Does Ted Cruz Know Charles Manson Is Dead? We Thought He Was Up On His Serial Killers

Sarah Midkiff
·3 mins read
WASHINGTON, DC – OCTOBER 14: U.S. Sen. Ted Cruz (R-TX) looks on during the third day of the Senate Judiciary Committee confirmation hearing for Supreme Court nominee Judge Amy Coney Barrett on October 14, 2020 in Washington, DC. Barrett was nominated by President Donald Trump to fill the vacancy left by Justice Ruth Bader Ginsburg who passed away in September. (Photo by Greg Nash-Pool/Getty Images)
WASHINGTON, DC – OCTOBER 14: U.S. Sen. Ted Cruz (R-TX) looks on during the third day of the Senate Judiciary Committee confirmation hearing for Supreme Court nominee Judge Amy Coney Barrett on October 14, 2020 in Washington, DC. Barrett was nominated by President Donald Trump to fill the vacancy left by Justice Ruth Bader Ginsburg who passed away in September. (Photo by Greg Nash-Pool/Getty Images)

Apparently, Sen.Ted Cruz does not listen to as many true crime podcasts as we do. Today is day three of Amy Coney Barrett’s confirmation hearing, and it’s also the day we learned that Cruz still thinks infamous cult leader and serial killer Charles Mason is still alive.

During the ongoing hearings, Cruz feigned shock and horror claiming that all Democrats were in favor of restoring voting rights to people charged with a felony crime. In his best attempt at spinning the facts, he insinuated that must mean that Democrats support violent criminals directly selecting political leaders. “I’m not sure the operation of the republic would be better if Charles Manson had a greater voice in the electoral system,” Cruz said. “Bernie Sanders argued that felons in jail, literally Charles Manson, serving multiple life sentences for murder, should be able to vote.”

A quick fact check: Charles Manson died in 2017, though it’s clear that Cruz is not aware of that and believes Manson has the ability to vote in 2020 (spooky, scary).

But what Cruz is actually referring to here is a comment Sen. Bernie Sanders made during a town hall in Iowa in April 2019. When asked whether people in prison should be allowed to vote, Sanders answered yes, later arguing in a USA Today op-ed that “the right to vote is an inalienable and universal principle that applies to all American citizens 18 years and older. Period.” He cited that some states already allow incarcerated people to vote and that the idea, upheld in more than 30 nations, is not as radical as it seems.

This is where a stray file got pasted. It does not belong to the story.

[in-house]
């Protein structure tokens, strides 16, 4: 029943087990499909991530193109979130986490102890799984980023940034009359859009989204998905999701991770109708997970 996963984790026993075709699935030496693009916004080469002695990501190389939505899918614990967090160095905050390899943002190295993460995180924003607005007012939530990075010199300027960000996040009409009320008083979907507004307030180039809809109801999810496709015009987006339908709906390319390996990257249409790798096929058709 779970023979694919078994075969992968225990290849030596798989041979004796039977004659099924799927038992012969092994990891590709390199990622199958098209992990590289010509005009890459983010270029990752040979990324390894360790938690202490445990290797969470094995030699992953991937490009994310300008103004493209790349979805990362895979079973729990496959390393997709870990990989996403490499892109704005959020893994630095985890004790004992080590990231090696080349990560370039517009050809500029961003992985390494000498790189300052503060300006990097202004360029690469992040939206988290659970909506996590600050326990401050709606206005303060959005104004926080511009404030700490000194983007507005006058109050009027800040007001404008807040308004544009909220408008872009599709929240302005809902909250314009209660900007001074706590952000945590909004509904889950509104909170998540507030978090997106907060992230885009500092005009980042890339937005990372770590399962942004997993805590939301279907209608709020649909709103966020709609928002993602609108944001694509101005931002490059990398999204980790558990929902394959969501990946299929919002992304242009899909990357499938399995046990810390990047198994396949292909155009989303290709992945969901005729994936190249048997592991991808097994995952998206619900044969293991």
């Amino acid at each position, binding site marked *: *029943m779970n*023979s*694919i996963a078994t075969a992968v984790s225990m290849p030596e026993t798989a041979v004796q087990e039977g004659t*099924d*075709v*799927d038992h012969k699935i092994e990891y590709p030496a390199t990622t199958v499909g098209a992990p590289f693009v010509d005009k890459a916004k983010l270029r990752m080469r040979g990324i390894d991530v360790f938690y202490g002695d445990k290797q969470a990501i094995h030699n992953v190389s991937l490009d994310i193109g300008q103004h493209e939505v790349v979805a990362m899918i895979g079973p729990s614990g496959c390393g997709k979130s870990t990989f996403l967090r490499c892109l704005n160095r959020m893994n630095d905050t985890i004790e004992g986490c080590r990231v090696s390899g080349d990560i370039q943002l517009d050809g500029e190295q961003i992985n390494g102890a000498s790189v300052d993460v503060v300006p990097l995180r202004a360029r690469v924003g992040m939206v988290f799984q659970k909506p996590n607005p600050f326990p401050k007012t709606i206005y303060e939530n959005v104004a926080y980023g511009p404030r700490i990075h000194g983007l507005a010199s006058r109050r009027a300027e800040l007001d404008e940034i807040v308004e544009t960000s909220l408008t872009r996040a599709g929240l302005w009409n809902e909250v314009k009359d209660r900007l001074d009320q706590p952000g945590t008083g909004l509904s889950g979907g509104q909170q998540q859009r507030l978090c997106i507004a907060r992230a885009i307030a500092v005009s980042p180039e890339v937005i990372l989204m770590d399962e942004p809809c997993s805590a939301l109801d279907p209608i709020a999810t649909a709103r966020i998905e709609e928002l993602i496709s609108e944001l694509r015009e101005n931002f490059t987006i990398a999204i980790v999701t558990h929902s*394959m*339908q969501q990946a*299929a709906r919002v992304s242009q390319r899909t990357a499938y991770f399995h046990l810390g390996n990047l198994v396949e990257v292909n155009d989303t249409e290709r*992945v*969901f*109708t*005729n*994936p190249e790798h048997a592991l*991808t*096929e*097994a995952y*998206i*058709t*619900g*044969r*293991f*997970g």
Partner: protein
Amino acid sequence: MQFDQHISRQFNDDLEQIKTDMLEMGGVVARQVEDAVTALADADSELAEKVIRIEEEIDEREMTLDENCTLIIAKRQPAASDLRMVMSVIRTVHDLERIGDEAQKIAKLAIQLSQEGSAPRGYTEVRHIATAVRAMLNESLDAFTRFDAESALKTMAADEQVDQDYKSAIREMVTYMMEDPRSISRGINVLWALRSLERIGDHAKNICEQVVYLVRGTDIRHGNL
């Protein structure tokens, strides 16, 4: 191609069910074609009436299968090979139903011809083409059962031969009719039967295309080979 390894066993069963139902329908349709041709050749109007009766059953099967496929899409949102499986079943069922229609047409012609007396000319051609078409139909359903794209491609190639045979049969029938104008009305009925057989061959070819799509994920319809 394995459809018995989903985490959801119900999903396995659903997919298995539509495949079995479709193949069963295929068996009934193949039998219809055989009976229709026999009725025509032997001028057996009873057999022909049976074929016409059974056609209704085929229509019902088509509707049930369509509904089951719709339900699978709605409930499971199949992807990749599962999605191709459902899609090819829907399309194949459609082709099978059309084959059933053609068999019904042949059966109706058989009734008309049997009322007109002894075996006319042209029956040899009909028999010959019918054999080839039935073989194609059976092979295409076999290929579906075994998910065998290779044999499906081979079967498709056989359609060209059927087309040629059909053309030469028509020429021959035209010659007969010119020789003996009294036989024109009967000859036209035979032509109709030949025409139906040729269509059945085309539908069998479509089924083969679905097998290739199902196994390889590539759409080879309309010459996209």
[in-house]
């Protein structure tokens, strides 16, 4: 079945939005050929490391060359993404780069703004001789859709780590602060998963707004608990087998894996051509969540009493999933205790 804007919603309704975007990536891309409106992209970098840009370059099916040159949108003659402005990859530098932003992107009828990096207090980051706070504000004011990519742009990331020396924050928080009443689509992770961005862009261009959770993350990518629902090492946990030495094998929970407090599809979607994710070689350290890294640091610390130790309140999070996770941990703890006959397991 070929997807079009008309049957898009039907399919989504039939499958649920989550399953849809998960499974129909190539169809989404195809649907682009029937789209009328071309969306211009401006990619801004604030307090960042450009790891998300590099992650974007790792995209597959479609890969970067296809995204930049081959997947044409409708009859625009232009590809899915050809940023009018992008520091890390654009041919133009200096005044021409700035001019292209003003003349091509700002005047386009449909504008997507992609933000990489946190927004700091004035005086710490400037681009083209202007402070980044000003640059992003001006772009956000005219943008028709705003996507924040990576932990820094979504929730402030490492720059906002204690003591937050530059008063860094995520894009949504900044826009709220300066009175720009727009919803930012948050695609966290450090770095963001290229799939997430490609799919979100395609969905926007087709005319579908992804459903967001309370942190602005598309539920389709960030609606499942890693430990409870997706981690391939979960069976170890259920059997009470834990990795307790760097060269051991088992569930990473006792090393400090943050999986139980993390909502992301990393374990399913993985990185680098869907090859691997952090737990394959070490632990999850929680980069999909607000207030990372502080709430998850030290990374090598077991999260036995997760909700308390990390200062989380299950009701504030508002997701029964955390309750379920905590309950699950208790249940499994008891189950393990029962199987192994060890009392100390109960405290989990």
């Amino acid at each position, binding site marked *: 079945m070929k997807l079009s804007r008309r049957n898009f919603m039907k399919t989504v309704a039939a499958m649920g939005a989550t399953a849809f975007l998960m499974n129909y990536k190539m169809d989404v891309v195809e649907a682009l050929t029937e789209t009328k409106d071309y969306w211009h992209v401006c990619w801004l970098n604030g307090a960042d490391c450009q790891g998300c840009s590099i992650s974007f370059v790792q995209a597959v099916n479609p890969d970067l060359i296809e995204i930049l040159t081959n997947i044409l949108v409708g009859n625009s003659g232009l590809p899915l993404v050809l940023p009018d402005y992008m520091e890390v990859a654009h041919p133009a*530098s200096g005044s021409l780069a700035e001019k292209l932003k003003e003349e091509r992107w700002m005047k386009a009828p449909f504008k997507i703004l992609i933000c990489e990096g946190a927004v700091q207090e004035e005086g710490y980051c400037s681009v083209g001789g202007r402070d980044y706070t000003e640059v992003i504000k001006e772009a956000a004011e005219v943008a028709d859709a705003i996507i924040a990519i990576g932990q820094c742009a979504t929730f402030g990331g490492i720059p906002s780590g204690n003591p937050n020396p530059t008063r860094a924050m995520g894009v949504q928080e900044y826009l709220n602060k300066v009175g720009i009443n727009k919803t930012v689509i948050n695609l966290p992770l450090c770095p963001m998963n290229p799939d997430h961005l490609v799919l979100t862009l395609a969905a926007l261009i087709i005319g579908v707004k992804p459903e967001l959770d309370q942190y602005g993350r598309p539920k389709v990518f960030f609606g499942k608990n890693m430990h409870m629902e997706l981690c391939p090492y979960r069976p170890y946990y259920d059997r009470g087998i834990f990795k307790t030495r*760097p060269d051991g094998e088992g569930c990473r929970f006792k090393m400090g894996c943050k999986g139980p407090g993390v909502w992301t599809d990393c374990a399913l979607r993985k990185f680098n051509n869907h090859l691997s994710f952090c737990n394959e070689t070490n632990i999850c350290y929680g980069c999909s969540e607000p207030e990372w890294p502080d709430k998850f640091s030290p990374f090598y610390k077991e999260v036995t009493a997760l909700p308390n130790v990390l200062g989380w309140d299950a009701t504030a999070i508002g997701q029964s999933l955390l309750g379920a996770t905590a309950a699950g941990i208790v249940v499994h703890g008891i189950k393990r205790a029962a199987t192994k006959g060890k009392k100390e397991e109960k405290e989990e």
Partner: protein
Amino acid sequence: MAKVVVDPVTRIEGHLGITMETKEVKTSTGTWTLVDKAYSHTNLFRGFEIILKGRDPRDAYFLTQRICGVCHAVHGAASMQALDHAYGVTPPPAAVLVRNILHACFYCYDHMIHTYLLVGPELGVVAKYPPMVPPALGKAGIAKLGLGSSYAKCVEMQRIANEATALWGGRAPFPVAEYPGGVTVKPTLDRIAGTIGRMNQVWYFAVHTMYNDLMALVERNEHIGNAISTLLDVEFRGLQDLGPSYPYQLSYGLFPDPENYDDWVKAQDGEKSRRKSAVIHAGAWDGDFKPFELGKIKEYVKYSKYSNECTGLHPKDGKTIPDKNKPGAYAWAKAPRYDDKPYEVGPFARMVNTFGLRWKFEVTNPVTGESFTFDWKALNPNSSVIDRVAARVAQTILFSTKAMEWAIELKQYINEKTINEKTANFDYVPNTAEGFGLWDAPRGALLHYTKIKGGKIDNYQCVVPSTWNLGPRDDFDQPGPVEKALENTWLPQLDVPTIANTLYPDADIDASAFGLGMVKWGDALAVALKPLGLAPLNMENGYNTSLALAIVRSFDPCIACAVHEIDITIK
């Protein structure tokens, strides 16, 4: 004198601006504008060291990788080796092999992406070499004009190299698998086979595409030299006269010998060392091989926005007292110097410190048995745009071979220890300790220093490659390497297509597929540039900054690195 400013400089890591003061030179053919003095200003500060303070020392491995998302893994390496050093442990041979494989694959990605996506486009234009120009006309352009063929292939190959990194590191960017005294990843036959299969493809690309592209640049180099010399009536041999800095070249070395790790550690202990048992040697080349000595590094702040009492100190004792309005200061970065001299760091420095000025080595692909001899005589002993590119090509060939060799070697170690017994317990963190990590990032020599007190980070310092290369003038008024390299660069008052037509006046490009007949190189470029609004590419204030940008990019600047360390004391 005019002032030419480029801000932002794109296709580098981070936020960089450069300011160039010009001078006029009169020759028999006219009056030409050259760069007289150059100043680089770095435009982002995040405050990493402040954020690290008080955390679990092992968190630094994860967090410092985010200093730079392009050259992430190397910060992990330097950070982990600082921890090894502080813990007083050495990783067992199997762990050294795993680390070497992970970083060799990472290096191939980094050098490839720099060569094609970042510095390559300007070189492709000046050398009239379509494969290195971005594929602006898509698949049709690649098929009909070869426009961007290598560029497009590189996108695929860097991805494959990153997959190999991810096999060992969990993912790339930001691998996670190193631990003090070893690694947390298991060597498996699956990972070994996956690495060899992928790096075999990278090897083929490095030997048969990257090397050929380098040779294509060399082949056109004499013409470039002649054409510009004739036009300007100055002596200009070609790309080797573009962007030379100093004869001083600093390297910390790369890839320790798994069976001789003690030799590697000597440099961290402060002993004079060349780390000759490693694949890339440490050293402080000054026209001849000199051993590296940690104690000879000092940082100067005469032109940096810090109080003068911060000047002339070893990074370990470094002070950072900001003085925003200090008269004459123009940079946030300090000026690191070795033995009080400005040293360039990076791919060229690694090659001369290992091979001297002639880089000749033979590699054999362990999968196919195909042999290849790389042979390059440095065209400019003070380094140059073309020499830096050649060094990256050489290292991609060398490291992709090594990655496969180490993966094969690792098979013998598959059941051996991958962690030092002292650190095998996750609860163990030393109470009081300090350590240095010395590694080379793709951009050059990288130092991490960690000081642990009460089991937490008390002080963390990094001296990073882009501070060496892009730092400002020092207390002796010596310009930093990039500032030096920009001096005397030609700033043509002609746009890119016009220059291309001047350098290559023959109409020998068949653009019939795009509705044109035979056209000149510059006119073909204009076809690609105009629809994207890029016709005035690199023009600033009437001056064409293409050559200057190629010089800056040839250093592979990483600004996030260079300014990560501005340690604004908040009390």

Though Cruz made it sound like all Democrats share this opinion, that, much like the rest of what he said, isn’t true. Among the Democratic candidates for the 2020 election, most either appeared undecided or were open to the idea in specific cases such as the right to vote only for nonviolent offenders or people who have already completed their sentences.

This should come as little surprise considering Cruz has gone out of his way to paint Democrats with broad and inaccurate strokes during Barrett’s confirmation hearing. Additionally, he has used his time on softball questions rather than addressing what Barrett would actually stand for should she be confirmed to the Supreme Court. On her first day of questioning, Cruz ran out the clock speaking at length about his own personal political opinions, including further demonizing Democrats, before asking the person he praised for having a “seminal legal mind” about her children’s distance learning and how long she took piano lessons.

A little feedback for Cruz: check your facts. That goes for political policies and serial killers.

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